What’s Happening Now – December 2012

What’s Happening Now – December 2012

At this point, from the reports I’ve been hearing and from what I’ve seen myself is:

Gambel’s:

Region I – the only areas that have any quail here at all are the far southern area of Unit 27, and Unit 2B along the New Mexico line has some Scaled quail. But both units are very spotty.

Region II – the only places to hunt quail here are the far southern and northwest portions. I have no reports of the northern end, but heard some fair reports about the southern.

Region III – the entire southern end of this Region had a poor hatch. I have heard that a hatch did occur in some of the northern portions.

Region IV – poor hatch throughout other than some of the northern units in this Region.

Region V – the far eastern edge of this Region seems to have seen a poor hatch from reports I’ve heard. The further north and further west areas seem to have had a better hatch.

Region VI – the further east you go, the better the hatch; the farther northwest, the poorer the hatch.

San Carlos and Fort Apache Reservations – a hatch did occur on both Reservations, although, like the rest of the State, is very spotty.

Mearns’ in Region V – though we’ll know more, of course, after the season opens, I’ve had reports that it should be better than the last two years, though still predicted to be below average. Covey sizes are up, so at least we know a hatch occurred. There has not been enough carryover birds in the last two years to bring about a good hatch. Will put together a bit more about Mearns’ quail at the end of December.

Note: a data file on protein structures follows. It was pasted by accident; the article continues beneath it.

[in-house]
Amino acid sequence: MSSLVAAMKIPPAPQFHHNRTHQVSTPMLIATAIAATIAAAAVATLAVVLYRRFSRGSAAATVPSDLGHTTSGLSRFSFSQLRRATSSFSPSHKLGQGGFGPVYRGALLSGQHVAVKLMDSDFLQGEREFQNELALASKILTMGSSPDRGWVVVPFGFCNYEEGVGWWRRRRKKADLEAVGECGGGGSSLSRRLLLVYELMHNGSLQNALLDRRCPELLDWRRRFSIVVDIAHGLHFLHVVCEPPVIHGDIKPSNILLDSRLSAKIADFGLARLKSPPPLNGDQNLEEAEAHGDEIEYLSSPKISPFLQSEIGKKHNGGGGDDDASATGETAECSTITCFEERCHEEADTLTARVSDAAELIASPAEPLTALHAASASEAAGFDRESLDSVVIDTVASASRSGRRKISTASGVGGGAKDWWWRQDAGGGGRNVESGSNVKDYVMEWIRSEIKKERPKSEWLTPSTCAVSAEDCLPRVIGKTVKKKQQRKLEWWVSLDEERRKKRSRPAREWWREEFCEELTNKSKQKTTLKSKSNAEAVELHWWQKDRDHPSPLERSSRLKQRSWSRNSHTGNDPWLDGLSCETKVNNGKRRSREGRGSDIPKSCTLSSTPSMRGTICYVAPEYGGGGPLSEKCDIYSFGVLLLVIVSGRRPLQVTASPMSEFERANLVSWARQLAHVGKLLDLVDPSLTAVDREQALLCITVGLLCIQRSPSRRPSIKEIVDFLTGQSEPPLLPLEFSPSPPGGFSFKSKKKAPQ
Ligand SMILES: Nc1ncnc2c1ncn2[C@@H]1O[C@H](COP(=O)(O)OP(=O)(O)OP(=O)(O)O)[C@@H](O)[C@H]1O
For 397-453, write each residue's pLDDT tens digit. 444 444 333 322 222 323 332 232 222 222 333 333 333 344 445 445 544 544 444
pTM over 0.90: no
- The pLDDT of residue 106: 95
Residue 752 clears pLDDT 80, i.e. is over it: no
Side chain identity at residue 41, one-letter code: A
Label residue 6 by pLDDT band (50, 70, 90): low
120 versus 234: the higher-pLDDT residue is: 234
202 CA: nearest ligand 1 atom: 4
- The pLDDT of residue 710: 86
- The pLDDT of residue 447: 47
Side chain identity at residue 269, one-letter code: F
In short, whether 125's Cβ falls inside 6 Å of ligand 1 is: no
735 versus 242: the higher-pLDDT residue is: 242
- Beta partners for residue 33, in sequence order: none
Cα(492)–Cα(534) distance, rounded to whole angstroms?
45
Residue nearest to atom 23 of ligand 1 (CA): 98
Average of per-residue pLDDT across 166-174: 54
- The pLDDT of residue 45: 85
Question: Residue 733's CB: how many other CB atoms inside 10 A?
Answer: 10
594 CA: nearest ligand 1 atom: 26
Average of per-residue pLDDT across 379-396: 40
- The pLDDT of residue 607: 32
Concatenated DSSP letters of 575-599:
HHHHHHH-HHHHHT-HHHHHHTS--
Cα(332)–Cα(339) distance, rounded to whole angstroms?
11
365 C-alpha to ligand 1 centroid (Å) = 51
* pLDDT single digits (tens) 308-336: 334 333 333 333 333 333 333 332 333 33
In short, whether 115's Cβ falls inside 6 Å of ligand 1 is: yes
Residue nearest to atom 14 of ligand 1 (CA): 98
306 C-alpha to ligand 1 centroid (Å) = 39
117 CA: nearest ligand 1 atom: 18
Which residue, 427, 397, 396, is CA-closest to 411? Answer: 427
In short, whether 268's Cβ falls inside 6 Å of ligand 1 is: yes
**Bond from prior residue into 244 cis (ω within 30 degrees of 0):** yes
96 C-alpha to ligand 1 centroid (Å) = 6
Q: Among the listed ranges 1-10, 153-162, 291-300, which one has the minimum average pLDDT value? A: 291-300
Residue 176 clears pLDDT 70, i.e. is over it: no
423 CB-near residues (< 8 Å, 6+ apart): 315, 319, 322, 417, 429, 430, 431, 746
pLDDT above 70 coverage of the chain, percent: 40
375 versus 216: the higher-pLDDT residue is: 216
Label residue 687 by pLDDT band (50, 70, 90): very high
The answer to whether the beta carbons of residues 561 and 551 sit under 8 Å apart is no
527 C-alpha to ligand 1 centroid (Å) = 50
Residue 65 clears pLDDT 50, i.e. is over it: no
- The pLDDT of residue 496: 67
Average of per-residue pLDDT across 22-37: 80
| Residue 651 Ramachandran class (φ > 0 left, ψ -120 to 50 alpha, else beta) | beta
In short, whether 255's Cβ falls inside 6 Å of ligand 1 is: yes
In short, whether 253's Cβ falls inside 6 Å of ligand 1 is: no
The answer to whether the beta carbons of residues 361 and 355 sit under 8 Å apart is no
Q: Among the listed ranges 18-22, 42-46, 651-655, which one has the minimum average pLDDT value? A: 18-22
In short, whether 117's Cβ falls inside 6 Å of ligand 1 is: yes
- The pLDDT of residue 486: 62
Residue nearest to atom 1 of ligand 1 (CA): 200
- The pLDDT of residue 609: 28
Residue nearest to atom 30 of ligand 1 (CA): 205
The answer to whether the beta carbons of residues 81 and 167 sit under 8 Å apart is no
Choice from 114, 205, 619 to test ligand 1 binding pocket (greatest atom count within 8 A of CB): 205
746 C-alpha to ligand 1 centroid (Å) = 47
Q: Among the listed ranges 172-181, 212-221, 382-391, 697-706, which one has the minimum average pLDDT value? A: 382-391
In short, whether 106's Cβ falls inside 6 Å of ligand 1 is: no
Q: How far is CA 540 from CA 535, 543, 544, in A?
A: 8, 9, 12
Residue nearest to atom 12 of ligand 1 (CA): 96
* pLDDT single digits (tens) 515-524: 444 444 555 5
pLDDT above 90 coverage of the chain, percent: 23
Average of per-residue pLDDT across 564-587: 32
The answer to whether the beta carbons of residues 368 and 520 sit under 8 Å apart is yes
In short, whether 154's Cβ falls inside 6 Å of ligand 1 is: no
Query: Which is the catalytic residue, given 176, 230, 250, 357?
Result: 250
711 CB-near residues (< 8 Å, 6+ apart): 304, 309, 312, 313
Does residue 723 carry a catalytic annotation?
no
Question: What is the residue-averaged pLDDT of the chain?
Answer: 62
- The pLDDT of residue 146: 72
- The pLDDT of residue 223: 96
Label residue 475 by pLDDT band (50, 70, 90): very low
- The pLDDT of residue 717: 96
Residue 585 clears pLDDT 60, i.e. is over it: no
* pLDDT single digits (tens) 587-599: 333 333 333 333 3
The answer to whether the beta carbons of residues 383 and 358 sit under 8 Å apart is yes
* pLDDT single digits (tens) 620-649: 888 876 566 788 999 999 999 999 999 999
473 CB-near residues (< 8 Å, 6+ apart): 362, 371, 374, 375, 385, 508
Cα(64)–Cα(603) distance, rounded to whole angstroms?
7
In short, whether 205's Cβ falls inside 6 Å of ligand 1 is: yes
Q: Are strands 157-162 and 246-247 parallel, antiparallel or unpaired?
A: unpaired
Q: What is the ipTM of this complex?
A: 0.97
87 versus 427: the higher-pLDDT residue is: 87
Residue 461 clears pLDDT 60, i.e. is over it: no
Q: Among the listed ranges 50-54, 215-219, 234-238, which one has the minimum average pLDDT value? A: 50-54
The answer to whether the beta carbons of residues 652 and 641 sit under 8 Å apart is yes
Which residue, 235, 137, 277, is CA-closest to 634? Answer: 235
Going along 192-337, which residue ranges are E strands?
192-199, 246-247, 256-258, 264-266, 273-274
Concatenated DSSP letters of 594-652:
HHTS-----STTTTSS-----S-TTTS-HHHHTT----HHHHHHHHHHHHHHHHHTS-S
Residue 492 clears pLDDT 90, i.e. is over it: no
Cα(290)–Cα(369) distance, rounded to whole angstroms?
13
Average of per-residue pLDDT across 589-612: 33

Scaled – in some areas, the Scaled quail responded to the summer rains with a hatch. Early in the season, there were very young birds barely able to fly, and even by mid-November, some of those late hatchers weren’t much bigger than a sparrow. So with the better summer rains, along with spotty summer rains, there has been a fairly good Scaled quail hatch. Study the precipitation charts (https://azquailtoday.com/weather-precipitation/) and look for some of those areas of good summer rains in Scaled quail habitat and you’ll probably find some decent numbers of quail.

The overall assessment at this point is, as it has been for the last couple years, that the quail are very spotty. Most of Region VI did not have a hatch at all, though its eastern portion had a better than average hatch. The cover in most areas of the State has been very good due to summer rain. I have found the same thing that most everyone else has seen – very wary birds and coveys flushing wild. The largest covey I’ve seen so far this year has been about 4 dozen. The best day I’ve seen is in the neighborhood of 10 to 12 coveys and the slowest day has been 3 to 4 coveys. The encouraging word is: the birds are there, and with some work, they can be found.

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